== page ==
How to make a boring job better

January 31, 2014

Stuck Moment: Once upon a time, your job was shiny and exciting and new. Lately, however, you’re a little bored, a little unchallenged, and maybe feeling a little underappreciated. You fantasize about working someplace where you feel a bigger sense of purpose and achievement… But, in the meantime, you’ve got eight hours to get through. Is it time to check Facebook again?

“Do what you love,” a very successful CEO once said, in praise of going wherever your heart takes you. It’s a stirring philosophy that calls on us to live the lives we imagine, no matter how bold, no matter the cost.

On the other hand, there’s something just as inspiring about flipping that equation, about finding ways to love the job you’re already in — right here and right now. Yes, one day we might explore what’s over the rainbow, but in the meantime, it’s always possible to take the raw material of our present lives and shape it into something that better matches our hearts and minds. 

But don’t take our word for it. Your fellow Unstuck readers shared 20 ways that have helped them make their work more fulfilling without having to leave their jobs.

Invest in yourself
“Try to do things that strengthen who you are,” says Unstuck reader Laurel Miller. A blogger, graphic designer, and entrepreneur, Laurel is confident that her strengths and passion lie in her creativity. She has big dreams and never stops working on them. But to ensure a steady income, she’s done whatever it takes: waitress, work retail, blend smoothies, and pay her dues at offices where everyone was twice her age. And at every gig, she looks for ways to benefit from the experience, “whether it be financially or idealistically.”

Here’s how she does that:

• Set goals. Laurel has a meeting with herself every Monday morning to establish objectives, and figure out how to leverage her work assignments in a way that’s more fulfilling for her.

• Look for opportunities to increase your skills. Remember when you swore you’d never need math in the real world? Same goes for knowing how to change toner and use Excel.

• When you have downtime on the job, don’t use the web as a time and energy waster: “Try to go on the internet for a purpose!”

• Help others by volunteering your skills. You’ll stay engaged and build relationships.

• Connect with people who can help you, either with moral support, mentorship, or networking (but be genuine about it).

• “Don’t act like a know-it-all,” she says. You can always learn something, even when you least expect to.

• Avoid negative situations that cloud your focus. When Laurel feels drained by pessimistic energy around her, she takes a “five minute,” which might be a walk around the block or a few moments on her own to reset her mood.

• Keep a positive perspective. “Don’t let your eight hours define you. It’s not you,” Laurel says. Remember instead that, whatever the work your job requires, its ultimate benefit is to yourself.

Be your best with others — and let them be theirs
“People are what makes life interesting,” reader Kathy Andrews tells us. A children’s music teacher for 35 years, she says, “You would think I’d be totally bored with the subject. Same songs, same singing games, same everything year after year. Well, yes… but not really.”

Positive interactions with the people in your work life add color and warmth to your day. See these moments as opportunities to keep learning, growing, and challenging yourself. As Kathy says, “People are three dimensional, with different voices and a multitude of characteristics. You can’t program them, turn them off, or update them. You have to interact with them.” And when you do, she suggests:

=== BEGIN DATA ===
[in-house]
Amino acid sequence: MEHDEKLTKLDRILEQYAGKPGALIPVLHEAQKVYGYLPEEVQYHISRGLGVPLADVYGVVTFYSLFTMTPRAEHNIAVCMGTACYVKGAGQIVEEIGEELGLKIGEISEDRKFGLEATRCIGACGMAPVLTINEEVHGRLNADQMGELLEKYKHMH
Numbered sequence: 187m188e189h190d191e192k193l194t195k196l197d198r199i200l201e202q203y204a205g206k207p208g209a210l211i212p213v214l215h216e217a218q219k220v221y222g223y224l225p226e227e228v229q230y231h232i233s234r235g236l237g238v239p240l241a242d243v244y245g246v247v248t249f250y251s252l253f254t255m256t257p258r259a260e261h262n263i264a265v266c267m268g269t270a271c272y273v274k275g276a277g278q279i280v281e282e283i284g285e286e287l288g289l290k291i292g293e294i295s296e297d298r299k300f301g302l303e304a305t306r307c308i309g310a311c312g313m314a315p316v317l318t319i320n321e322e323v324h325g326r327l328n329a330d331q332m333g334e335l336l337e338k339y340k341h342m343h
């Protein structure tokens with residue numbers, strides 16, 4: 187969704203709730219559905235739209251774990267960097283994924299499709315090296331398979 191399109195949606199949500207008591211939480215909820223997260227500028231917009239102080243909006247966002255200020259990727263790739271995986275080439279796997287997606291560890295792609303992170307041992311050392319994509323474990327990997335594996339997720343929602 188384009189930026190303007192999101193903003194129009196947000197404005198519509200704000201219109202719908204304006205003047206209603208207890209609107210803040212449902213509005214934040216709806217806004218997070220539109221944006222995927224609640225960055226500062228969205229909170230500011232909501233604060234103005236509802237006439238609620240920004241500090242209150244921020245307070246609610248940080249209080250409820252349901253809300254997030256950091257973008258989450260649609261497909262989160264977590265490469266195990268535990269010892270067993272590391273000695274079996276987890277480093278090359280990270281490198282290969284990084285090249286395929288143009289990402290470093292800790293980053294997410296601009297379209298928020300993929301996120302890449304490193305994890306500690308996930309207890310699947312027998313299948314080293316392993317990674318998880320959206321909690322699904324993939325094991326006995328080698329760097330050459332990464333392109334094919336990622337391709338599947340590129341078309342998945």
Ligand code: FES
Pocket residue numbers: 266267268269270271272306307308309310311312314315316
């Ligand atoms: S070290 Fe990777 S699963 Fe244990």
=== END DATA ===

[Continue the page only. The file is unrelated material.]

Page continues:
• Be responsive and demonstrate patience: “I have to listen, to watch, to react, to motivate, to praise, to redirect so together we can reach the goal I’ve set.”

• Whenever possible: “Don’t direct or guide. Let people find their own way.” Your nerves will thank you, and your working relationship will be better.

• “Look for a new discovery emerging. People are fonts of creativity. Watch them as they overflow when given the time and breathing space.”

(Here are 21 more ways to connect at work.)

Make it fun
“In a perfect world we’d all have jobs we love,” Unstuck reader Sandra Fisher says. “But to pay the bills, one often must settle for a steady income.” Still, in her 46 years, Sandra has discovered, “You can have fun outside of work, and at work too.” For instance:

• “Engulf yourself in your work and the day flies by,” Sandra says. Avoiding or putting off tasks only makes the day harder in the long run. But getting things done creates a sense of accomplishment, which boosts energy and confidence.

• Find the fun in your work. If there’s an opportunity to show what you can do, do it.

• “Most employers appreciate someone who keeps morale high,” Sandra says. “Helping others laugh helps everyone. Share a funny story!”

• Make work more festive by celebrating birthdays or other special days. Bring in treats now or then. Give out cards.

• Make your workspace feel like it’s yours. Listen to music at your desk. Put up personal photos. Stock up on your preferred office supplies, like your favorite ink pen or that perfect notebook.

• Dress well. Your confidence will be contagious.

• Meet with friends for lunch.

• “Take your well-earned breaks,” Sandra says. Also try taking a personal or vacation day in the middle of the workweek.

• “Get out for a walk, several times a day if possible,” Sandra says. “It will not only give you fresh air, sunshine, and exercise, it reminds you that life outside of work is right there.”

Next week: How to nurture all the relationships in your life
Last week: Your guide to good office relationships

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